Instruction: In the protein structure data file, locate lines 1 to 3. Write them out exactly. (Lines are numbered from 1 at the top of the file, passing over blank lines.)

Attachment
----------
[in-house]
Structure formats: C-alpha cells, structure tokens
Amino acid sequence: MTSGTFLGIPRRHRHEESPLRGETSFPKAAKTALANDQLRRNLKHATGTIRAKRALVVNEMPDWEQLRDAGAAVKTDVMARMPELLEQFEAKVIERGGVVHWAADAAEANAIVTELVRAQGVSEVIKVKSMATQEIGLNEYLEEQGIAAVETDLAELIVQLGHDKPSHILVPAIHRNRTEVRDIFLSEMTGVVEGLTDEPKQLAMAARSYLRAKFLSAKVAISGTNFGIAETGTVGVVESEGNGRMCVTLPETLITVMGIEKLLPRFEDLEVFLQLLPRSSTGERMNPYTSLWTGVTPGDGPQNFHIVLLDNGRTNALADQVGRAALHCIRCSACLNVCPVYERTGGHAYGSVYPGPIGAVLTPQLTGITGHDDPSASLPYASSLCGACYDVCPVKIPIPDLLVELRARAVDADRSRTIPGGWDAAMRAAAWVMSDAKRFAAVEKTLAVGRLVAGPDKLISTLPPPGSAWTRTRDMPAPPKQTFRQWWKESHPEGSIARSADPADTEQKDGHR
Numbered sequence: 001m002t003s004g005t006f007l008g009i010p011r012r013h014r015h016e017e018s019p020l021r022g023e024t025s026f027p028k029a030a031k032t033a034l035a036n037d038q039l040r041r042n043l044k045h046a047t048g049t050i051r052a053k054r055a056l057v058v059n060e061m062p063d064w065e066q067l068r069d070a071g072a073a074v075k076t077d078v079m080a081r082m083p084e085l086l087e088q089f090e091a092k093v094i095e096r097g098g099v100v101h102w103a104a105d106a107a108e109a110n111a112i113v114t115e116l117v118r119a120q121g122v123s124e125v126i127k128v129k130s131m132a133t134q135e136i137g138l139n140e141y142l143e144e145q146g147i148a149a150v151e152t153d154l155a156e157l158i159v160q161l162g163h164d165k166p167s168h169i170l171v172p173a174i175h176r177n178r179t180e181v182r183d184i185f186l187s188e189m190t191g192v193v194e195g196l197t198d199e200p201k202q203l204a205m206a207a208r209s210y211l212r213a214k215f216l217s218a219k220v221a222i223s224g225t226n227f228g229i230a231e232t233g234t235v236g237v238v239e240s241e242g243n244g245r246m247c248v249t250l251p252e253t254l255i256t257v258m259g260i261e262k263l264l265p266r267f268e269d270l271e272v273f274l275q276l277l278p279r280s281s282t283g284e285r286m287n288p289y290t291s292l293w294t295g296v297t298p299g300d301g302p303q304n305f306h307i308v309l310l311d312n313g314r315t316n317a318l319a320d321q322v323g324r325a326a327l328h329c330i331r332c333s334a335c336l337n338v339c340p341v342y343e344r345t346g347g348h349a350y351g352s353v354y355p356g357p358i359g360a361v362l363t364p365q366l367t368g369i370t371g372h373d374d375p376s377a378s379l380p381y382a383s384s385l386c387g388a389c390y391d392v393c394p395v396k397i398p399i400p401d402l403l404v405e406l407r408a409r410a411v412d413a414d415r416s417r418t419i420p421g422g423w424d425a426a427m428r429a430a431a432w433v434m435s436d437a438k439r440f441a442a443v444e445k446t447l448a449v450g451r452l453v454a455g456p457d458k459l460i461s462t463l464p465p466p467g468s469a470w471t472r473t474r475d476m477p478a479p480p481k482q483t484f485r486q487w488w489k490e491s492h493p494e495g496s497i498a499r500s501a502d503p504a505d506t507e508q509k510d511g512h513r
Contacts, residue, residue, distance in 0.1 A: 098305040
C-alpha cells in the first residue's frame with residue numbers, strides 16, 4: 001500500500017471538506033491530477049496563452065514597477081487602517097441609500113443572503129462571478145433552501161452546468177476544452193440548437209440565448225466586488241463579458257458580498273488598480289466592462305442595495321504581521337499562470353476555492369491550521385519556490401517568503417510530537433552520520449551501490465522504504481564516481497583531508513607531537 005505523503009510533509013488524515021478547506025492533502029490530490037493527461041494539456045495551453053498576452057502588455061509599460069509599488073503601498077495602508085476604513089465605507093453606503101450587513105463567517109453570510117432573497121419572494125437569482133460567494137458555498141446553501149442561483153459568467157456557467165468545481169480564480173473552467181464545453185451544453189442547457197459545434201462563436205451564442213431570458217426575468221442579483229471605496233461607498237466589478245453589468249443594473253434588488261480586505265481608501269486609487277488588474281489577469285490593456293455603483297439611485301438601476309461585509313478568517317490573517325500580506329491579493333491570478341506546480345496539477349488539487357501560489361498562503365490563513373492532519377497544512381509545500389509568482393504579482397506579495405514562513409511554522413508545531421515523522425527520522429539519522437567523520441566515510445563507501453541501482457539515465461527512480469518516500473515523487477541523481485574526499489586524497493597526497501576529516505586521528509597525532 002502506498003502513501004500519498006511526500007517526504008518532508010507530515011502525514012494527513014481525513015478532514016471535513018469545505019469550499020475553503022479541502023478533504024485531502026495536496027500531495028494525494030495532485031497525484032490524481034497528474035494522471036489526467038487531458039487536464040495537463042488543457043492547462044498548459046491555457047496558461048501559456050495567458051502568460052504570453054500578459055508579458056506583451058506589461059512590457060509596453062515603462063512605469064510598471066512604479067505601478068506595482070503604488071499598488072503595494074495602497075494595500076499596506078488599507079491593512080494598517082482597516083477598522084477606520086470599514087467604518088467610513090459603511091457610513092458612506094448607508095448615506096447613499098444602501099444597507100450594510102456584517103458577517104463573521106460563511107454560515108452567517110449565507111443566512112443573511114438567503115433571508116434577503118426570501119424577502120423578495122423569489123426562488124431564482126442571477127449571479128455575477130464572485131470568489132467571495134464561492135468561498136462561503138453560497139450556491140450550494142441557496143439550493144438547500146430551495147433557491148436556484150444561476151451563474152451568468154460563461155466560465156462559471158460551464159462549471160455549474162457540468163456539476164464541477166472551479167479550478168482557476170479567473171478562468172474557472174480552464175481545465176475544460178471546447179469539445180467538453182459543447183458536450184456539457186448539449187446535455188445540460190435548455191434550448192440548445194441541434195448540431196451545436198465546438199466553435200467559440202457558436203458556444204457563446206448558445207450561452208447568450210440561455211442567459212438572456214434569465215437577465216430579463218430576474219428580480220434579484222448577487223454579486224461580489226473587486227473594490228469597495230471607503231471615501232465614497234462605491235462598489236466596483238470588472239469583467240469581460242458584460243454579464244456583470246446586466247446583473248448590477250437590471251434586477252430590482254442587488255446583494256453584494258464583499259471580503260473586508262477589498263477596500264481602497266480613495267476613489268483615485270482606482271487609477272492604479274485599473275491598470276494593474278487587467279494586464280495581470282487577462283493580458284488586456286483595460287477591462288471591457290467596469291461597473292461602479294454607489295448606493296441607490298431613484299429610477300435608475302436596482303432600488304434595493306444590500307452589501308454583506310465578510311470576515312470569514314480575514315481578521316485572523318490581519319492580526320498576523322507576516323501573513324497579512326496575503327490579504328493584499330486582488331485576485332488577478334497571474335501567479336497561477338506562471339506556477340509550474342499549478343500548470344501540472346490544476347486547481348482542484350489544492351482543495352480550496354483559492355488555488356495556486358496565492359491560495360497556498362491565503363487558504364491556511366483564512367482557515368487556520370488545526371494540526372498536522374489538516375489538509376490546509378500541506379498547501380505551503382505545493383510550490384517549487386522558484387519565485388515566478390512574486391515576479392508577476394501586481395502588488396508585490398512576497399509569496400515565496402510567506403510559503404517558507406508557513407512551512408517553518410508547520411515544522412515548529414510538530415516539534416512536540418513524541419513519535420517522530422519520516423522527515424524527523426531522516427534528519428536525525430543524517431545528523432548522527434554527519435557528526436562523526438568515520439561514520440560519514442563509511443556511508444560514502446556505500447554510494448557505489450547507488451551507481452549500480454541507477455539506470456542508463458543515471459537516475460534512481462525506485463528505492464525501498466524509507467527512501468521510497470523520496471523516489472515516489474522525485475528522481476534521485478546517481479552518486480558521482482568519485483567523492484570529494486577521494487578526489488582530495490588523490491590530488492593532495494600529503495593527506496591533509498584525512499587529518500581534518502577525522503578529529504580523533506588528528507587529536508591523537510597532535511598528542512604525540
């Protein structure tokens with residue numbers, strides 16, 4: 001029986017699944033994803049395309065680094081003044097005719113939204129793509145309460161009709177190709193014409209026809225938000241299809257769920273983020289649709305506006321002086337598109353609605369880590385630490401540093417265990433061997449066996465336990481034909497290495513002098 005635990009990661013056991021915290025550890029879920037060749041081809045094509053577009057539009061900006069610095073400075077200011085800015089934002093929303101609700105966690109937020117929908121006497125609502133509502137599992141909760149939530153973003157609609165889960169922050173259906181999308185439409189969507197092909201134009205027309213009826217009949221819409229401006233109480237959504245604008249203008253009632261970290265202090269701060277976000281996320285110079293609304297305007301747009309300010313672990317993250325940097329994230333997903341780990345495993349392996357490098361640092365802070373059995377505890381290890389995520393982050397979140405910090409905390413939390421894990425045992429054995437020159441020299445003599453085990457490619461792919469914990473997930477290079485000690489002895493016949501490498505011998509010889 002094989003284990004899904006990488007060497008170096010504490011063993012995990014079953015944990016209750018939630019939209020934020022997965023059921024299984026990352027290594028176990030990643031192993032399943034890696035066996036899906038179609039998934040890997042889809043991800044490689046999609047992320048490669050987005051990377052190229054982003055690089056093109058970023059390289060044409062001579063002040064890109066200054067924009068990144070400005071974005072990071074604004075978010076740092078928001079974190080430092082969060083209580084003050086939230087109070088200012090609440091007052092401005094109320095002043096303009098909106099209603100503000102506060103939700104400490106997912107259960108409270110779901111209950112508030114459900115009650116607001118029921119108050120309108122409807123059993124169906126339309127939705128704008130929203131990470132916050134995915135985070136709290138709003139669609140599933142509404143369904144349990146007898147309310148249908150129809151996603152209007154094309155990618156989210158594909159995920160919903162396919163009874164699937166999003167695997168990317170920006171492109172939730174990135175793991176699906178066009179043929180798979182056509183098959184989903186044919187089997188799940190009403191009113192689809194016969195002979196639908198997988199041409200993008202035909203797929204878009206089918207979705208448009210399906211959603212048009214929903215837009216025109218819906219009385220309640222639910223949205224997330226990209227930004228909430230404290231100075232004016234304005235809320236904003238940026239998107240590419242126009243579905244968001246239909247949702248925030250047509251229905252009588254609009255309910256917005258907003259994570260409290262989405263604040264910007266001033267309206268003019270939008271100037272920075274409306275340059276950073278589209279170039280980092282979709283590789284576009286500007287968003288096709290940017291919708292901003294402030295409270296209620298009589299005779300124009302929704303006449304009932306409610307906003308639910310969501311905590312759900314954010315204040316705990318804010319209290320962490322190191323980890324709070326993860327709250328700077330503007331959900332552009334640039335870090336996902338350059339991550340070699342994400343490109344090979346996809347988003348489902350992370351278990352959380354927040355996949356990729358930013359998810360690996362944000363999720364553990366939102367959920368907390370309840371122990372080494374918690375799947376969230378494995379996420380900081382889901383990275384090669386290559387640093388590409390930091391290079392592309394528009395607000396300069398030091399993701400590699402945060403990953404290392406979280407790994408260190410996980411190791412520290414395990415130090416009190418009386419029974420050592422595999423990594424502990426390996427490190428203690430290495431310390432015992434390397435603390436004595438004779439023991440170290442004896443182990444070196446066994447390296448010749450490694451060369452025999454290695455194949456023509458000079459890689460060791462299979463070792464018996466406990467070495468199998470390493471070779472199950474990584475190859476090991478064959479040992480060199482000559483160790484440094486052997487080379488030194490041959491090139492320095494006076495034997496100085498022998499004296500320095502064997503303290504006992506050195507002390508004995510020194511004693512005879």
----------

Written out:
[in-house]
Structure formats: C-alpha cells, structure tokens
Amino acid sequence: MTSGTFLGIPRRHRHEESPLRGETSFPKAAKTALANDQLRRNLKHATGTIRAKRALVVNEMPDWEQLRDAGAAVKTDVMARMPELLEQFEAKVIERGGVVHWAADAAEANAIVTELVRAQGVSEVIKVKSMATQEIGLNEYLEEQGIAAVETDLAELIVQLGHDKPSHILVPAIHRNRTEVRDIFLSEMTGVVEGLTDEPKQLAMAARSYLRAKFLSAKVAISGTNFGIAETGTVGVVESEGNGRMCVTLPETLITVMGIEKLLPRFEDLEVFLQLLPRSSTGERMNPYTSLWTGVTPGDGPQNFHIVLLDNGRTNALADQVGRAALHCIRCSACLNVCPVYERTGGHAYGSVYPGPIGAVLTPQLTGITGHDDPSASLPYASSLCGACYDVCPVKIPIPDLLVELRARAVDADRSRTIPGGWDAAMRAAAWVMSDAKRFAAVEKTLAVGRLVAGPDKLISTLPPPGSAWTRTRDMPAPPKQTFRQWWKESHPEGSIARSADPADTEQKDGHR